Mirror’s Edge iPhone Review

As posted on Videogame Jungle.

Some of you may remember Faith Connors. She has short jet-black hair, a strange eye tattoo, and red gloves and boots. She starred in the 2008 first-person parkour game Mirror’s Edge. Faith is a “runner”. She delivers packages and information in a dystopian world where her government has imposed strict enforcement on civilian life, including all communications and the media. Faith returns in EA’s handheld game by the same name. Originally appearing on the iPad early last year, the game finally found its way to the iPhone and iPod Touch. While it’s very similar to the 2008 game in many ways, there’s one important difference: This is a 2.5D side-scroller. No first-person here.

Mirror’s Edge plays a bit like Sonic the Hedgehog crossed with Canabalt. You must guide Faith through industrial levels by quick swipes of the screen. An even easier control system than Perfect Cell, which I thought was pretty good to begin with. Yet a little more advanced than Canabalt’s one tap gameplay.

Swipe up to jump or wall run. Swipe down to slide or roll after a long drop. Swipe across to launch a mid-air attack. And with a horizontal swipe of the touch screen you make Faith run. She will keep running in one direction until she hits an obstacle, you make her stand still, or you change her direction.

The music makes a big appearance including the main theme which I adore, “Still Alive” (not to be confused with the Portal song of the same name).

There’s not much in the way of story this time around except for the elevator displays during load screens. But it’s not much of a problem since the story from 2008’s Mirror’s Edge wasn’t that brilliant to begin with.

While the game is confined to a 2D plane, so that it’s much harder to get lost, the red highlighting of certain objects is back. It was a rather distinctive feature of the first game, well needed in a first-person world. Here it’s used mostly just to look nice.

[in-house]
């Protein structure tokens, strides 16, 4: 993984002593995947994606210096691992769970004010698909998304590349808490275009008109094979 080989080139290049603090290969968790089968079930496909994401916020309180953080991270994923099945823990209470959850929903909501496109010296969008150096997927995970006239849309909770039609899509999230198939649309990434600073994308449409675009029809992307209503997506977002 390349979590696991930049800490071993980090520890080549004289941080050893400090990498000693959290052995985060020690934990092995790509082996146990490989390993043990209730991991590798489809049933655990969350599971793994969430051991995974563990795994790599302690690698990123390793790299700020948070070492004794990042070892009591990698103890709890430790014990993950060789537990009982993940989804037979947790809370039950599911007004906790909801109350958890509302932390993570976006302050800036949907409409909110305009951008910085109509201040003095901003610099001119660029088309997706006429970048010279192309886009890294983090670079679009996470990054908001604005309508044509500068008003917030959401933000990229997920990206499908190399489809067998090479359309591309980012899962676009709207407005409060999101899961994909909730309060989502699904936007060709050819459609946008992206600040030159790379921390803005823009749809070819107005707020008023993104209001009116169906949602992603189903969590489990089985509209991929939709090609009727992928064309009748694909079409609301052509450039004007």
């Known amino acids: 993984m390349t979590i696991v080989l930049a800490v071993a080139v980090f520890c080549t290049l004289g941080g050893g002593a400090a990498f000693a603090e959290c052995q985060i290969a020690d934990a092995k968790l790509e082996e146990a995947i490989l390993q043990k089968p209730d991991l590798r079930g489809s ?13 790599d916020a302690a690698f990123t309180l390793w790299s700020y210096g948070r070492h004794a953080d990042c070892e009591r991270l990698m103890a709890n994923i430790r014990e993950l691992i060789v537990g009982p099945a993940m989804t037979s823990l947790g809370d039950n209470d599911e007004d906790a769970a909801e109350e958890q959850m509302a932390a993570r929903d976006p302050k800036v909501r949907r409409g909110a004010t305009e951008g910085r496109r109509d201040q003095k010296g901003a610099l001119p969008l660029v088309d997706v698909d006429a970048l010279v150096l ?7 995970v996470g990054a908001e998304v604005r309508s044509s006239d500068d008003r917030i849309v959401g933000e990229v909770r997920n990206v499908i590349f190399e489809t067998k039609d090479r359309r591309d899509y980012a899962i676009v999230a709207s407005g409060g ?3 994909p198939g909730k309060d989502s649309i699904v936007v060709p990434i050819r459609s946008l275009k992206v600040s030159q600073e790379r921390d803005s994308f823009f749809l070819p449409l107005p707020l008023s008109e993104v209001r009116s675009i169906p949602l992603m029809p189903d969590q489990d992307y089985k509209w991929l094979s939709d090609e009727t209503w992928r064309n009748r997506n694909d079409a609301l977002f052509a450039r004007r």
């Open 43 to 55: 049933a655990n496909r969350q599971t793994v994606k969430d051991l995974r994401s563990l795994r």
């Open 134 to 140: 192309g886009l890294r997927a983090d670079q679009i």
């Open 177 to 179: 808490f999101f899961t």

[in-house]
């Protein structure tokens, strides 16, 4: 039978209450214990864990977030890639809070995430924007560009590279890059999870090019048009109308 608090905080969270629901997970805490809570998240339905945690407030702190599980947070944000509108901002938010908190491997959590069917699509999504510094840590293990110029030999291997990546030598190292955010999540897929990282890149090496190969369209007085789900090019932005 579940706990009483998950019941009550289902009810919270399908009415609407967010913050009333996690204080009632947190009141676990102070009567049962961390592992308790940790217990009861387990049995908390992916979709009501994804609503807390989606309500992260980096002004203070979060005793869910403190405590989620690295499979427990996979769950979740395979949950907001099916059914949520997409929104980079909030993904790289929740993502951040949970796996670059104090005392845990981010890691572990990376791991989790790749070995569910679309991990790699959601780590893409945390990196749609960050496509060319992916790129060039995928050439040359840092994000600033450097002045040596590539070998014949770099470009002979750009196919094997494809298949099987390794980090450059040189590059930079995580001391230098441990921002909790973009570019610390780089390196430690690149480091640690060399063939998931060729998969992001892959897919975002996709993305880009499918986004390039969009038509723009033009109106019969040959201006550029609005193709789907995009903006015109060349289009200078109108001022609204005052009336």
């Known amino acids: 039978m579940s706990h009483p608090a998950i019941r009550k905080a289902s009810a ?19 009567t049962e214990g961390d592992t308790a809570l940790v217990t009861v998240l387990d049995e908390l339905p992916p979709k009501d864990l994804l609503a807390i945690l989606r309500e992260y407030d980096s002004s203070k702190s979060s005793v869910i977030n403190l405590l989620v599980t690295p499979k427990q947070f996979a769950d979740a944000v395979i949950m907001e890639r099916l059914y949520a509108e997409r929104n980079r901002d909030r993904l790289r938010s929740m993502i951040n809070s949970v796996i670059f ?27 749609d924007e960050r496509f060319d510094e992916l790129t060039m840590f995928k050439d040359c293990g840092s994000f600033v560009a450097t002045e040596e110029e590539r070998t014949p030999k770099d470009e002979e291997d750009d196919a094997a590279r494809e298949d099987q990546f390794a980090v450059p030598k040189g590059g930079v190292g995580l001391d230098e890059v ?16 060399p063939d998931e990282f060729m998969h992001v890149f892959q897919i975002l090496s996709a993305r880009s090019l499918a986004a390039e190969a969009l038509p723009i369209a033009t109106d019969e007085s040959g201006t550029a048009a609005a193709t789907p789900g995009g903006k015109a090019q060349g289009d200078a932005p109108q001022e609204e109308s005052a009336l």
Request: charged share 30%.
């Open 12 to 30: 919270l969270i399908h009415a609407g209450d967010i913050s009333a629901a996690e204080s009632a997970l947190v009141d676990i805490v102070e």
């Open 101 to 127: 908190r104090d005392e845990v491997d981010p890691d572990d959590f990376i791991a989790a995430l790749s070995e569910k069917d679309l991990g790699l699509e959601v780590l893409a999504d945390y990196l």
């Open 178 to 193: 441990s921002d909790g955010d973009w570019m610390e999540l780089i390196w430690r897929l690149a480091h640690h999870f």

Faith will run into the odd enemy along her tricky navigation of rooftops and subways. You have the option of a satisfying flying kick to the face, or a slide tackle. If you don’t make up your mind in time, you’ll slam into them and fall to the ground. You are able to pick yourself up again and carry on running. But those government officials also carry guns, so it’s probably best for safety’s sake to reduce your amount of holdups.

There’s also other runners who for some reason want to trip you up or get in your way. A competing courier business? Who knows. But they’re usually easy enough to jump over.

Mirror’s Edge is a platformer through and through. Your main objective is getting Faith to the end of the level. You’ll encounter beams to balance, walls to climb, ziplines to zip, gaps between buildings to jump, and other such obstacles to traverse.

Featuring 14 levels, it’s not such a big game. But with speed runs, racing against leaderboard ghosts, badges (achievements), and collecting special hidden bags, there’s plenty to come back to.

Mirror’s Edge iOS is the perfect companion to the console game before it. But even if you haven’t played it, I’m sure you’ll still have a lot of fun with this one. For the most part it’s a stress-free run through, but there were still a few sequences I found challenging. A fun, rather nice looking, and easy to control platformer. Try and find something else like this on the App Store, I dare you.

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